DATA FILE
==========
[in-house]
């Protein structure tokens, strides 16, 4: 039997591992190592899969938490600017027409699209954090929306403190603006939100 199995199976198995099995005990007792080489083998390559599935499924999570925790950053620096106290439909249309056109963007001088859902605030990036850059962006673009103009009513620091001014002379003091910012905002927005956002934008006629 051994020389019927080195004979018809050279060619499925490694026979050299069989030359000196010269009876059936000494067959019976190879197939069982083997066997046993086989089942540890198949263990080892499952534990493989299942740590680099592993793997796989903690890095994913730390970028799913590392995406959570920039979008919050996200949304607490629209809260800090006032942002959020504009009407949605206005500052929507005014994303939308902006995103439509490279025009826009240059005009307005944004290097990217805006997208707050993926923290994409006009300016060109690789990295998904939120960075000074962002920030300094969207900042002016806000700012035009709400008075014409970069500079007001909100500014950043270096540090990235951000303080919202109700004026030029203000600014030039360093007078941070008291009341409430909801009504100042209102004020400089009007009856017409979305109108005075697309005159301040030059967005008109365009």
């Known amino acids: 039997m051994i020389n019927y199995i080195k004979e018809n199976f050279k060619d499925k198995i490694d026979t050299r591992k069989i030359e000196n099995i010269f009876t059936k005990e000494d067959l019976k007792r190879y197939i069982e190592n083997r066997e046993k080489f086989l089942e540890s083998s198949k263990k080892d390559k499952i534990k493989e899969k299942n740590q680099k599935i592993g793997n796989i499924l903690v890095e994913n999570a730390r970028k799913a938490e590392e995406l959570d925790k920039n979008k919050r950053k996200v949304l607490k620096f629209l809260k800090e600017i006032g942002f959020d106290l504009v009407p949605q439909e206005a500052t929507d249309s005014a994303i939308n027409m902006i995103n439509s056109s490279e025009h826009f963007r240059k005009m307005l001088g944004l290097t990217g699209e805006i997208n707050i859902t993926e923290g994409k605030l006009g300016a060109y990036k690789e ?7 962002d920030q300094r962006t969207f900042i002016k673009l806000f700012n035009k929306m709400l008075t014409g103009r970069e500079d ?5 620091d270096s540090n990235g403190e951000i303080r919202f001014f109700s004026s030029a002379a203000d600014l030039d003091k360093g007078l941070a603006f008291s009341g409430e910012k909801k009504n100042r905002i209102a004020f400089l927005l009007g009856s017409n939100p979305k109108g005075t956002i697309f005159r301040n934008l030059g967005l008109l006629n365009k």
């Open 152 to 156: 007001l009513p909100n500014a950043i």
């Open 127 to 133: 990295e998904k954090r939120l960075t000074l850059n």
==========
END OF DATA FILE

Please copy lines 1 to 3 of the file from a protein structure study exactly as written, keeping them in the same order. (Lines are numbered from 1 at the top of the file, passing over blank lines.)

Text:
[in-house]
């Protein structure tokens, strides 16, 4: 039997591992190592899969938490600017027409699209954090929306403190603006939100 199995199976198995099995005990007792080489083998390559599935499924999570925790950053620096106290439909249309056109963007001088859902605030990036850059962006673009103009009513620091001014002379003091910012905002927005956002934008006629 051994020389019927080195004979018809050279060619499925490694026979050299069989030359000196010269009876059936000494067959019976190879197939069982083997066997046993086989089942540890198949263990080892499952534990493989299942740590680099592993793997796989903690890095994913730390970028799913590392995406959570920039979008919050996200949304607490629209809260800090006032942002959020504009009407949605206005500052929507005014994303939308902006995103439509490279025009826009240059005009307005944004290097990217805006997208707050993926923290994409006009300016060109690789990295998904939120960075000074962002920030300094969207900042002016806000700012035009709400008075014409970069500079007001909100500014950043270096540090990235951000303080919202109700004026030029203000600014030039360093007078941070008291009341409430909801009504100042209102004020400089009007009856017409979305109108005075697309005159301040030059967005008109365009």
């Known amino acids: 039997m051994i020389n019927y199995i080195k004979e018809n199976f050279k060619d499925k198995i490694d026979t050299r591992k069989i030359e000196n099995i010269f009876t059936k005990e000494d067959l019976k007792r190879y197939i069982e190592n083997r066997e046993k080489f086989l089942e540890s083998s198949k263990k080892d390559k499952i534990k493989e899969k299942n740590q680099k599935i592993g793997n796989i499924l903690v890095e994913n999570a730390r970028k799913a938490e590392e995406l959570d925790k920039n979008k919050r950053k996200v949304l607490k620096f629209l809260k800090e600017i006032g942002f959020d106290l504009v009407p949605q439909e206005a500052t929507d249309s005014a994303i939308n027409m902006i995103n439509s056109s490279e025009h826009f963007r240059k005009m307005l001088g944004l290097t990217g699209e805006i997208n707050i859902t993926e923290g994409k605030l006009g300016a060109y990036k690789e ?7 962002d920030q300094r962006t969207f900042i002016k673009l806000f700012n035009k929306m709400l008075t014409g103009r970069e500079d ?5 620091d270096s540090n990235g403190e951000i303080r919202f001014f109700s004026s030029a002379a203000d600014l030039d003091k360093g007078l941070a603006f008291s009341g409430e910012k909801k009504n100042r905002i209102a004020f400089l927005l009007g009856s017409n939100p979305k109108g005075t956002i697309f005159r301040n934008l030059g967005l008109l006629n365009k």